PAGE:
What Will I Qualify for? SSI? SSDI? Both? Neither?

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Artwork: Robin Mead

Social Security has two different disability programs, they are called SSI and SSDI. Some people get one and some people get the other and some people get both and (rarely) some people get neither.

You can learn more about what each of these programs is here: How to Tell The Difference Between SSI and SSDI

WHAT SHOULD I APPLY FOR?

If you don’t know what to apply for, don’t worry. You do not need to really read this page. You can just apply for both and Social Security will tell you what you qualify for. You can apply for them both at the same time and the application is more or less the same.

If you are told that you cannot apply or you want to learn more about how this works, here are the steps to figure it out:

STEP ONE: CHECK MEDICAL CRITERIA

🌟 SSI and SSDI have the exact same medical criteria. The decision is made the same way, at the same time, by the same person, using all the same forms and records. They look at several things including your functioning, severity, and current level of work. Here’s where you can find out: How Do I Know If I Am Eligible to Apply?

STEP TWO: CHECK SSDI

🌟 You can qualify for SSDI if you worked and paid taxes, but it depends how much you worked and how recently you worked. Some people say, “five out of the last ten years,” but this is not exactly true in all cases.

🌟 If you’ve already looked at your Social Security Statement or online account and it showed you an estimated amount of disability benefits, that means you are eligible for SSDI. If not, here’s how to find out: Do I Have Enough Work Credits for SSDI?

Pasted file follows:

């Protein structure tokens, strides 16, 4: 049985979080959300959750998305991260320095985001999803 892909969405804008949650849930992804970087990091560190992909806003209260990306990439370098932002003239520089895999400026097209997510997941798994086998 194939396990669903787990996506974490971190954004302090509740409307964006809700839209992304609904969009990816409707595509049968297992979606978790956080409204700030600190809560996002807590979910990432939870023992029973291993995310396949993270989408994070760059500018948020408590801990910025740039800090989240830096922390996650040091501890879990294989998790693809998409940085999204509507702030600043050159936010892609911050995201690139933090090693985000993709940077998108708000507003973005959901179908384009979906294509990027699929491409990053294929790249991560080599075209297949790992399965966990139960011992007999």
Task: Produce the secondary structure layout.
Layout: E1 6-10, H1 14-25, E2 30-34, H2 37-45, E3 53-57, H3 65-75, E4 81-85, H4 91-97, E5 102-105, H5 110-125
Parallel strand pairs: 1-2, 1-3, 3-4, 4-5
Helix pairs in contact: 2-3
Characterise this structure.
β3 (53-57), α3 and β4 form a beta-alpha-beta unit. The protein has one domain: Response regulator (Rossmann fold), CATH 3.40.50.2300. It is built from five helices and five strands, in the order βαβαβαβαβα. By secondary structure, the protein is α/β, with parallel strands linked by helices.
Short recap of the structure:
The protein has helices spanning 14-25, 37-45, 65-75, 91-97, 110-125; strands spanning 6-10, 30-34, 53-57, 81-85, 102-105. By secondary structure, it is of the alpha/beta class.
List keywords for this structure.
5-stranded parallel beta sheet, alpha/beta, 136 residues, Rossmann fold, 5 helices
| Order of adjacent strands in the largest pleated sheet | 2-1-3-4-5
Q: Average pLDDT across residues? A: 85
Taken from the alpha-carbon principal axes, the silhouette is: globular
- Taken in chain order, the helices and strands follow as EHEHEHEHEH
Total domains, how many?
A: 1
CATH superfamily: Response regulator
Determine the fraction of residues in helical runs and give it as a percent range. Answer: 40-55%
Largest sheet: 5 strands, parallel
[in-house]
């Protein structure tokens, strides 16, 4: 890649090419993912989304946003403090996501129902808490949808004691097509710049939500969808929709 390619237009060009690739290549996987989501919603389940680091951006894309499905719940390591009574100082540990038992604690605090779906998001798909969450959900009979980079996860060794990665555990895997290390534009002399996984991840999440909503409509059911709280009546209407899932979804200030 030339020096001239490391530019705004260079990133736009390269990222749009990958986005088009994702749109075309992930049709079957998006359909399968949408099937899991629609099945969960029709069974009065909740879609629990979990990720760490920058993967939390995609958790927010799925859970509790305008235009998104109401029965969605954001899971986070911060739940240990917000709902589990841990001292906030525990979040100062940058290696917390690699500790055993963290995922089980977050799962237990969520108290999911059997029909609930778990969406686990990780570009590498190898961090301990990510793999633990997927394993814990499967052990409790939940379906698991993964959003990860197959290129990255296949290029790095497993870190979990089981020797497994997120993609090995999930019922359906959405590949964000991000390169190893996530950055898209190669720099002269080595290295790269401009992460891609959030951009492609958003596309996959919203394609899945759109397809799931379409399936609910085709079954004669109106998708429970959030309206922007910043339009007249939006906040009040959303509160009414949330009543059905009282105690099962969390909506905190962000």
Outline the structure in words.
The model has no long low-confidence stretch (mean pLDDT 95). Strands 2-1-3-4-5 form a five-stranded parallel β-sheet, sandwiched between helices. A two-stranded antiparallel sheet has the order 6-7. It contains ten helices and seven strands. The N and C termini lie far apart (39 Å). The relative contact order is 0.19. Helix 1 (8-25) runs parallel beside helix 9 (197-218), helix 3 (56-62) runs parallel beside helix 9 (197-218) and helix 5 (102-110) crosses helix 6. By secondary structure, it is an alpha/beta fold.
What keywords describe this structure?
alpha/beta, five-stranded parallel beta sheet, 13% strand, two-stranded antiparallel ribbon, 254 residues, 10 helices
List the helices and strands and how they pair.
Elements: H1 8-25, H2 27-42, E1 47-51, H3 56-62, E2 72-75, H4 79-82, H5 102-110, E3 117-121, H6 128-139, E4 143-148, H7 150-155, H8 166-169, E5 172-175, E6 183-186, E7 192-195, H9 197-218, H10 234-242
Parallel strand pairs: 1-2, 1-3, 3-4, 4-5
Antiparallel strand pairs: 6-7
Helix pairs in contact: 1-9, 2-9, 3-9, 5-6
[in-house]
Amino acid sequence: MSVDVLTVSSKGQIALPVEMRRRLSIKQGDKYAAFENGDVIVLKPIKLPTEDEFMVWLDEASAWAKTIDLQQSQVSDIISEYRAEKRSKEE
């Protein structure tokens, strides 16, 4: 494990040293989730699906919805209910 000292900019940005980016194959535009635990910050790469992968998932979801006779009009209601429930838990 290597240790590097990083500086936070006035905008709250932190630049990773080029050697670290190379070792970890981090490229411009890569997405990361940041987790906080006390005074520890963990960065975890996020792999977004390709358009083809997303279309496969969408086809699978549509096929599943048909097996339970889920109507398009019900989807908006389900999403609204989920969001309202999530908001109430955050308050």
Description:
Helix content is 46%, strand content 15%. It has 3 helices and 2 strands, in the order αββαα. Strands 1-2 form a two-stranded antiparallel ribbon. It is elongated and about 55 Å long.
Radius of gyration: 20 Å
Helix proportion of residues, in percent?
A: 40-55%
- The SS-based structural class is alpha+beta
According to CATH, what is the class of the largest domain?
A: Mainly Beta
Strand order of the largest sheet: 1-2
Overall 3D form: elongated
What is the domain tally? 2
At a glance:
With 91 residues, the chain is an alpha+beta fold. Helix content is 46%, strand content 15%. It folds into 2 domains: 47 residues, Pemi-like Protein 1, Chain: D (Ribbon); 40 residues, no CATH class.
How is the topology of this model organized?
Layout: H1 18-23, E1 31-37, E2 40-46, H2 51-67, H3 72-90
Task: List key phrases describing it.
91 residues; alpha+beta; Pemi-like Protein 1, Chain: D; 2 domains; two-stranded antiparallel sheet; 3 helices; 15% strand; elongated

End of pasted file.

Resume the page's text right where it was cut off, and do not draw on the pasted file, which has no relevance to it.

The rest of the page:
STEP THREE: DON’T GIVE UP TOO EASILY

🌟 If you found out that you don’t have enough work credits, some people just give up, and apply for SSI instead. While this is a fine option, if you want to keep looking into it, SSDI will probably make you happier: 21 Ways To Apply if You Don’t Have Enough Work Credits

STEP FOUR: CHECK SSI

🌟  If you are poor, and you are a US citizen, you are eligible to apply for SSI. That’s it! It does not matter if you never worked a day in your life. If you are poor, you are eligible. How Poor Do I Have to Be to Get SSI?

STEP FIVE: OTHER OPTIONS 

🌟  If you don’t qualify for SSI: If My Life Changes, Will I Become Eligible?

🌟 If your SSDI check is going to be under $800: Can I Get Both SSI and SSDI?

🌟 In case you were wondering: Why is SSDI Better Than SSI?

🌟 If your disability started before age 22: Using Your Parent’s Work Credits

🌟 If you are age 50+: Widow or Ex-Widow Benefits

🌟 More options: Other Kinds of Disability

TIP!